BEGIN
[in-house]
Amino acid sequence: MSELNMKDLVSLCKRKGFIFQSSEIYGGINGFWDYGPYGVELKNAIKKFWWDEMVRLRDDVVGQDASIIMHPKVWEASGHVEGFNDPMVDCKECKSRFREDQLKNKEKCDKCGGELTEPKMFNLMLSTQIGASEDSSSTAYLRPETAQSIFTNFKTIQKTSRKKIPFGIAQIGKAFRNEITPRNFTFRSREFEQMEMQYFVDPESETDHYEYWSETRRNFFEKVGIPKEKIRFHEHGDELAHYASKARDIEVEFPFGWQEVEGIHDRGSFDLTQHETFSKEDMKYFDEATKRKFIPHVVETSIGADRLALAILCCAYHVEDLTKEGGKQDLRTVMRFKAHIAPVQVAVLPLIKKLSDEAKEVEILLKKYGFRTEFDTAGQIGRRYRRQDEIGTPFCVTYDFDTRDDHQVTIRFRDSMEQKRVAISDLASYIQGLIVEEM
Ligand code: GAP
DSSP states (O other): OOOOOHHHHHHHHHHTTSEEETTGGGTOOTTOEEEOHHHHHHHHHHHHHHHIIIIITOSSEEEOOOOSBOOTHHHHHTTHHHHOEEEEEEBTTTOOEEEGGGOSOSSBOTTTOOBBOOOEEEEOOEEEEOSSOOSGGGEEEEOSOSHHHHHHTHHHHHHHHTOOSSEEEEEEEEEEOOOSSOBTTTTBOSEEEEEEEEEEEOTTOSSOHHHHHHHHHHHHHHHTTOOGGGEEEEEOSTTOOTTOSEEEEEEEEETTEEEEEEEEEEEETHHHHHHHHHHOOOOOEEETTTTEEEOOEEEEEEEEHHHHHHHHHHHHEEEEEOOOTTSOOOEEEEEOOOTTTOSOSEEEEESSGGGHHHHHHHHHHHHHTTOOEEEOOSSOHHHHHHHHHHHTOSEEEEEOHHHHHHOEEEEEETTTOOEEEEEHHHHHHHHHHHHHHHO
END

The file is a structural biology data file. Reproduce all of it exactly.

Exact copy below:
[in-house]
Amino acid sequence: MSELNMKDLVSLCKRKGFIFQSSEIYGGINGFWDYGPYGVELKNAIKKFWWDEMVRLRDDVVGQDASIIMHPKVWEASGHVEGFNDPMVDCKECKSRFREDQLKNKEKCDKCGGELTEPKMFNLMLSTQIGASEDSSSTAYLRPETAQSIFTNFKTIQKTSRKKIPFGIAQIGKAFRNEITPRNFTFRSREFEQMEMQYFVDPESETDHYEYWSETRRNFFEKVGIPKEKIRFHEHGDELAHYASKARDIEVEFPFGWQEVEGIHDRGSFDLTQHETFSKEDMKYFDEATKRKFIPHVVETSIGADRLALAILCCAYHVEDLTKEGGKQDLRTVMRFKAHIAPVQVAVLPLIKKLSDEAKEVEILLKKYGFRTEFDTAGQIGRRYRRQDEIGTPFCVTYDFDTRDDHQVTIRFRDSMEQKRVAISDLASYIQGLIVEEM
Ligand code: GAP
DSSP states (O other): OOOOOHHHHHHHHHHTTSEEETTGGGTOOTTOEEEOHHHHHHHHHHHHHHHIIIIITOSSEEEOOOOSBOOTHHHHHTTHHHHOEEEEEEBTTTOOEEEGGGOSOSSBOTTTOOBBOOOEEEEOOEEEEOSSOOSGGGEEEEOSOSHHHHHHTHHHHHHHHTOOSSEEEEEEEEEEOOOSSOBTTTTBOSEEEEEEEEEEEOTTOSSOHHHHHHHHHHHHHHHTTOOGGGEEEEEOSTTOOTTOSEEEEEEEEETTEEEEEEEEEEEETHHHHHHHHHHOOOOOEEETTTTEEEOOEEEEEEEEHHHHHHHHHHHHEEEEEOOOTTSOOOEEEEEOOOTTTOSOSEEEEESSGGGHHHHHHHHHHHHHTTOOEEEOOSSOHHHHHHHHHHHTOSEEEEEOHHHHHHOEEEEEETTTOOEEEEEHHHHHHHHHHHHHHHO